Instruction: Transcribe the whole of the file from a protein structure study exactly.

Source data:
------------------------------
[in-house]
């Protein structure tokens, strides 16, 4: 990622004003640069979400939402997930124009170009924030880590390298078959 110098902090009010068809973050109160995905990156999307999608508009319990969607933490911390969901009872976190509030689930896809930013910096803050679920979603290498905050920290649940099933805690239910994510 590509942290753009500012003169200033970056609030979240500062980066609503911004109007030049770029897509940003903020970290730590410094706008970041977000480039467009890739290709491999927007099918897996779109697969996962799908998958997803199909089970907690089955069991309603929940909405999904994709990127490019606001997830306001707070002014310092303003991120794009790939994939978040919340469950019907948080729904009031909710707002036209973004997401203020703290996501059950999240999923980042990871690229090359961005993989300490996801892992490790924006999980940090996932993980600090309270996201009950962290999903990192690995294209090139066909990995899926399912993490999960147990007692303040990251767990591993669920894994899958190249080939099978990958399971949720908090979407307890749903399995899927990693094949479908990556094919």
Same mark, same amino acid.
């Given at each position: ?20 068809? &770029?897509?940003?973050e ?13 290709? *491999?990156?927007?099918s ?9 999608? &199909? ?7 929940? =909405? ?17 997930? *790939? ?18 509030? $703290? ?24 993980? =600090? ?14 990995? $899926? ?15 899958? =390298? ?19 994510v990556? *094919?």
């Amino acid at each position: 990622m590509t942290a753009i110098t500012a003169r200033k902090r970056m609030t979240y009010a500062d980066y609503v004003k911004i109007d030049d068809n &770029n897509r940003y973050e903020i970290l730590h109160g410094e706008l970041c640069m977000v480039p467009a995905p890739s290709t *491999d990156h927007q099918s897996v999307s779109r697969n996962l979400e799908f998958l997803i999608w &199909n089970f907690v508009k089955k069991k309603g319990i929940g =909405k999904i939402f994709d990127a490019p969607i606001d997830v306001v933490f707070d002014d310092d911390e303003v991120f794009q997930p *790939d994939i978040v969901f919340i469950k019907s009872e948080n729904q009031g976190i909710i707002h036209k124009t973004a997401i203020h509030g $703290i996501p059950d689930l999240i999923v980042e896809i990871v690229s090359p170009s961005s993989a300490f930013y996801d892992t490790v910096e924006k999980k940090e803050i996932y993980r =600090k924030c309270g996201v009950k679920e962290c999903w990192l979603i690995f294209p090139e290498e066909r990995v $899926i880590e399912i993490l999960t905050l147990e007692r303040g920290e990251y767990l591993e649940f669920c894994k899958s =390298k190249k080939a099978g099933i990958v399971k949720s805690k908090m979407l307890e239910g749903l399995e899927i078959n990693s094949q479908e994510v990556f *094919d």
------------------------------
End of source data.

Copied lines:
[in-house]
């Protein structure tokens, strides 16, 4: 990622004003640069979400939402997930124009170009924030880590390298078959 110098902090009010068809973050109160995905990156999307999608508009319990969607933490911390969901009872976190509030689930896809930013910096803050679920979603290498905050920290649940099933805690239910994510 590509942290753009500012003169200033970056609030979240500062980066609503911004109007030049770029897509940003903020970290730590410094706008970041977000480039467009890739290709491999927007099918897996779109697969996962799908998958997803199909089970907690089955069991309603929940909405999904994709990127490019606001997830306001707070002014310092303003991120794009790939994939978040919340469950019907948080729904009031909710707002036209973004997401203020703290996501059950999240999923980042990871690229090359961005993989300490996801892992490790924006999980940090996932993980600090309270996201009950962290999903990192690995294209090139066909990995899926399912993490999960147990007692303040990251767990591993669920894994899958190249080939099978990958399971949720908090979407307890749903399995899927990693094949479908990556094919």
Same mark, same amino acid.
């Given at each position: ?20 068809? &770029?897509?940003?973050e ?13 290709? *491999?990156?927007?099918s ?9 999608? &199909? ?7 929940? =909405? ?17 997930? *790939? ?18 509030? $703290? ?24 993980? =600090? ?14 990995? $899926? ?15 899958? =390298? ?19 994510v990556? *094919?």
């Amino acid at each position: 990622m590509t942290a753009i110098t500012a003169r200033k902090r970056m609030t979240y009010a500062d980066y609503v004003k911004i109007d030049d068809n &770029n897509r940003y973050e903020i970290l730590h109160g410094e706008l970041c640069m977000v480039p467009a995905p890739s290709t *491999d990156h927007q099918s897996v999307s779109r697969n996962l979400e799908f998958l997803i999608w &199909n089970f907690v508009k089955k069991k309603g319990i929940g =909405k999904i939402f994709d990127a490019p969607i606001d997830v306001v933490f707070d002014d310092d911390e303003v991120f794009q997930p *790939d994939i978040v969901f919340i469950k019907s009872e948080n729904q009031g976190i909710i707002h036209k124009t973004a997401i203020h509030g $703290i996501p059950d689930l999240i999923v980042e896809i990871v690229s090359p170009s961005s993989a300490f930013y996801d892992t490790v910096e924006k999980k940090e803050i996932y993980r =600090k924030c309270g996201v009950k679920e962290c999903w990192l979603i690995f294209p090139e290498e066909r990995v $899926i880590e399912i993490l999960t905050l147990e007692r303040g920290e990251y767990l591993e649940f669920c894994k899958s =390298k190249k080939a099978g099933i990958v399971k949720s805690k908090m979407l307890e239910g749903l399995e899927i078959n990693s094949q479908e994510v990556f *094919d």